106. Underserved Startup Ecosystems, Part 2 (Stuart Larkins & Ezra Galston)

Download_v2Nick Moran Angel List

Today we cover Part 2 of Underserved Startup Ecosystems with Stuart Larkins & Ezra Galston of Chicago Ventures. In this segment we address:

  • Their opinion on why the majority of HNW accredited investors have never invested in venture.
  • How Chicago ventures has been so successful yielding follow-on funding for their portcos… having been ranked the 2nd seed fund in the country for follow-on funding by CB Insights.
  • Stuart & Ezra’s take on how the role of VCs will change in the coming decade as these ecosystems evovle.
  • Advice they have for entrepreneurs and investors working in these ecosytems.
  • ezraand we’ll wrap of w/ their final thoughts, my takeaways and a tip of the week.

Guest Links:

Key Takeaways:

1- Key Ingredients of the Ecosystem
-Time… As Ezra mentioned, many emerging ecosystems are less than a decade old w/ any sort of formality. Time is required for startups to mature, for operational capabilities to develop and for the marketing flywheel of successes to start driving more successes
2- Advantages of Underserved Ecosystems
-VCs, like Chicago Ventures, must really work on behalf of their portfolio companies… to help them build customers, develop partnerships and raise follow-on capital
-Stuart mentioned that it’s less about competition and more about coopetition between funds. This engenders a collaborative atmosphere within the startup ecosystem.
-Whether you see this as an advantage or disadvantage… There’s a difference in fund thesis between underserved vs. well-served… and in these emerging areas VCs can be more generalist and opportunistic whereas in well-served there needs to be more laser focus and differentiation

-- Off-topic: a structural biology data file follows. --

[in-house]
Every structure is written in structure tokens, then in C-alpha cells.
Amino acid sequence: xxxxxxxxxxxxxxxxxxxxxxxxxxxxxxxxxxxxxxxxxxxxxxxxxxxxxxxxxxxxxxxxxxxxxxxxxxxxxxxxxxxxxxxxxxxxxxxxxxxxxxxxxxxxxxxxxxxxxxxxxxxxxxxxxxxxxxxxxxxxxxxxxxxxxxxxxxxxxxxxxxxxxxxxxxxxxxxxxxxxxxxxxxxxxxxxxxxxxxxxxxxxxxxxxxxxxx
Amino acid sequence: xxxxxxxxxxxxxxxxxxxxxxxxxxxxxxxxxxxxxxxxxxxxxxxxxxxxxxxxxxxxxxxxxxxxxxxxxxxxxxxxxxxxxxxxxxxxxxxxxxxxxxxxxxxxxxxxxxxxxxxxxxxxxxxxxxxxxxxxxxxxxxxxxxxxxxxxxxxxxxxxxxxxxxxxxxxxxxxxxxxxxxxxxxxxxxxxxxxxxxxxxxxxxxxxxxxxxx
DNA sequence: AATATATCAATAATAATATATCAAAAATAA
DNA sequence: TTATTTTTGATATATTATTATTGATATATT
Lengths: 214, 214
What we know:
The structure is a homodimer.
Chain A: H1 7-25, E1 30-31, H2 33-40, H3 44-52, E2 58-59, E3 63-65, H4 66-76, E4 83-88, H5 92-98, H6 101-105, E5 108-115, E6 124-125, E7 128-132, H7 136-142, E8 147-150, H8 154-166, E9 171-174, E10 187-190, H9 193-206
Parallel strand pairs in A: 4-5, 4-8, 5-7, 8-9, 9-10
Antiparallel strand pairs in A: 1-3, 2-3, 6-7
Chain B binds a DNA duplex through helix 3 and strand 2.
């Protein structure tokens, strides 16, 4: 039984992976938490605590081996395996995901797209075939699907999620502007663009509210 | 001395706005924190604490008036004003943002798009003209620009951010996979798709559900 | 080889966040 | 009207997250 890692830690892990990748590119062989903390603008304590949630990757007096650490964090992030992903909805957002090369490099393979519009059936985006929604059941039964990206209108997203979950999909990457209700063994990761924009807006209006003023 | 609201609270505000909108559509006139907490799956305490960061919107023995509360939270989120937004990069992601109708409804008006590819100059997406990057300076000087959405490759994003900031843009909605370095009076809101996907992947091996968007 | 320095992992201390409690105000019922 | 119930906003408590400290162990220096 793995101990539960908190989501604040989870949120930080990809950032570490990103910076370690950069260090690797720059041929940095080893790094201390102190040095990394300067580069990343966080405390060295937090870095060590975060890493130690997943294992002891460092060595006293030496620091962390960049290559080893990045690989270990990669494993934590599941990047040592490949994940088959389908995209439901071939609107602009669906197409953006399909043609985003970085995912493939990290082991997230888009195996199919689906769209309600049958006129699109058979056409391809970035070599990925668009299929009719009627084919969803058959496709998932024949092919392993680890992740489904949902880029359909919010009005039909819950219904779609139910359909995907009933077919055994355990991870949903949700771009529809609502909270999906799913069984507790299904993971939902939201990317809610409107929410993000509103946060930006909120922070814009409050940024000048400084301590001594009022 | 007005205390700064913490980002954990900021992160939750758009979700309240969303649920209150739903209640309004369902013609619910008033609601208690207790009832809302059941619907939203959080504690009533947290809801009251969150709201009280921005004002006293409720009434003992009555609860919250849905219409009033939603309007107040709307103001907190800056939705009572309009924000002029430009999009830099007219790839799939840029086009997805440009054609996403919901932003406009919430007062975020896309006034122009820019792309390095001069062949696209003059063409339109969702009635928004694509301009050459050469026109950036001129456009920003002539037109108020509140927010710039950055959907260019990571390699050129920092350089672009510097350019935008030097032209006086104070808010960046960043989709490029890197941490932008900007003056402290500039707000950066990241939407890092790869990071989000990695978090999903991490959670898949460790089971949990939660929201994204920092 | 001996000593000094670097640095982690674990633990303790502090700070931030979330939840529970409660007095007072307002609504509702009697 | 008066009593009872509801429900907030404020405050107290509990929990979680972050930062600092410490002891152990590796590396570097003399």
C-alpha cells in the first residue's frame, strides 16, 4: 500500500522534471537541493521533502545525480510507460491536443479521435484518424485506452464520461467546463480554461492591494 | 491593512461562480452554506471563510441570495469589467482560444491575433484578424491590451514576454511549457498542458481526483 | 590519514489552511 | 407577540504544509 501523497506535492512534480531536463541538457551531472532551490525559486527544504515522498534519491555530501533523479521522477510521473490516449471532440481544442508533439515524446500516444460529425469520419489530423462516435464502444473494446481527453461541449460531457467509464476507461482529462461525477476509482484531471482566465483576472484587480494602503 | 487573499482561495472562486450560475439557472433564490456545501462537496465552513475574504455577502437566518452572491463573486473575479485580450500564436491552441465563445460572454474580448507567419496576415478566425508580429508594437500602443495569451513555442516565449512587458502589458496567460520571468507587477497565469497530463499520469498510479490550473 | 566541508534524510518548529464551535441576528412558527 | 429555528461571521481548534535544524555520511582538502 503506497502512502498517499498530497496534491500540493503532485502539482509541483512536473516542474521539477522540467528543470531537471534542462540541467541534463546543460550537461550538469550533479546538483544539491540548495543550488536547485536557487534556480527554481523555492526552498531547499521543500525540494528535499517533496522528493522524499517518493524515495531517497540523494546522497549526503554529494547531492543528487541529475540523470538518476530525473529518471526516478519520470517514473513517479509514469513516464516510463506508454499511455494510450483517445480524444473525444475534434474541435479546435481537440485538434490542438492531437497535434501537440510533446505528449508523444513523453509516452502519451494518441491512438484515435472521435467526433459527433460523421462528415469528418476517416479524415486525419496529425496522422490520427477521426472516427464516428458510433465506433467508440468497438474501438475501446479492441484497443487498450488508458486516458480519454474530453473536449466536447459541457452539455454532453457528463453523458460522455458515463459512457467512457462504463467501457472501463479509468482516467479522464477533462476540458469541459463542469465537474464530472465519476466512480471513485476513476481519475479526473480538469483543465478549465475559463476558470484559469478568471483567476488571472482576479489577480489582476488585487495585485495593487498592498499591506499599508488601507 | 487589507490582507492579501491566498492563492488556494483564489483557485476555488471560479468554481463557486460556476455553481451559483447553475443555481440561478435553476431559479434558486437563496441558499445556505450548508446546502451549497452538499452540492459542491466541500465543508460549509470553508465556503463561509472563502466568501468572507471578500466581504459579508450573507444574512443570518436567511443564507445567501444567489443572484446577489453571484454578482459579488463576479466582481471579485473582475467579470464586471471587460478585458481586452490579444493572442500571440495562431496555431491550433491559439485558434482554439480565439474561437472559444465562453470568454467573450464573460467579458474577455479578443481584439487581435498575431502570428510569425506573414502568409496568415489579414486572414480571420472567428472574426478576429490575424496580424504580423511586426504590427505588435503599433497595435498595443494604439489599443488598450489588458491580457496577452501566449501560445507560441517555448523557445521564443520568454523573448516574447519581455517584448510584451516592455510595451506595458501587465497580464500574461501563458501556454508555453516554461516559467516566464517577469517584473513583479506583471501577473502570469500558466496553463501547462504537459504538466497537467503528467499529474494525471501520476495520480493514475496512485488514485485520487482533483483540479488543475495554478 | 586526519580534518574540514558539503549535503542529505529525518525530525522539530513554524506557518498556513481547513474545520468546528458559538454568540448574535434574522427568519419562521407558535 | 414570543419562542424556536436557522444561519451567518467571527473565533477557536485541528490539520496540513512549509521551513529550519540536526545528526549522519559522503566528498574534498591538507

-Less of a reactionary response to a variety of funding sources… So a startup may be able to raise capital from different types of sources before, after or alongside VC capital. In an established ecosystem, this may raise a red flag and companies may suffer some signaling risk. In developing ecosystems it is much more common and acceptable.
3- Disadvantages of Underserved Ecosystems
-1st is related to Fred Wilson’s point that we discussed, which is that there’s a need for coastal VCs to come in and leads at the A round or later. Stuart discussed the single biggest weakness of underserved ecosystems, which was follow-on capital.
-There are identity issues early-on in an ecosystems development where there are limited success stories. For better or for worse, prior successes in a geography tend to drive the identity of the ecosystem. A “tech mafia” may exist in nearly every city and those founders know how to support similar businesses better than others. Ezra mentioned the ExactTarget mafia in Indy. Which is an overall positive for the city but also may cause investor to look only for startups that are similar.
-In an emerging region, with less success stories, there are a lower number of successful founders becoming advisors and mentors. Clearly, the community takes time to develop and those early entrepreneurs will not get nearly the support and guidance of those that come later.
4- Suggestions for those in Emerging Ecosystems
A suggestion from Ezra for Investors: If you’re entering a new ecosystem… you must be active, make investments, connect w/ the other active early-stage investors located there and, last but not least, have a regular presence in the region.
A suggestion from Stuart for Entrepreneurs: He strongly urged early founders to find a mentor… especially one with domain expertise in the target market.

Tip of the Week:    The Ecosystem Network Effect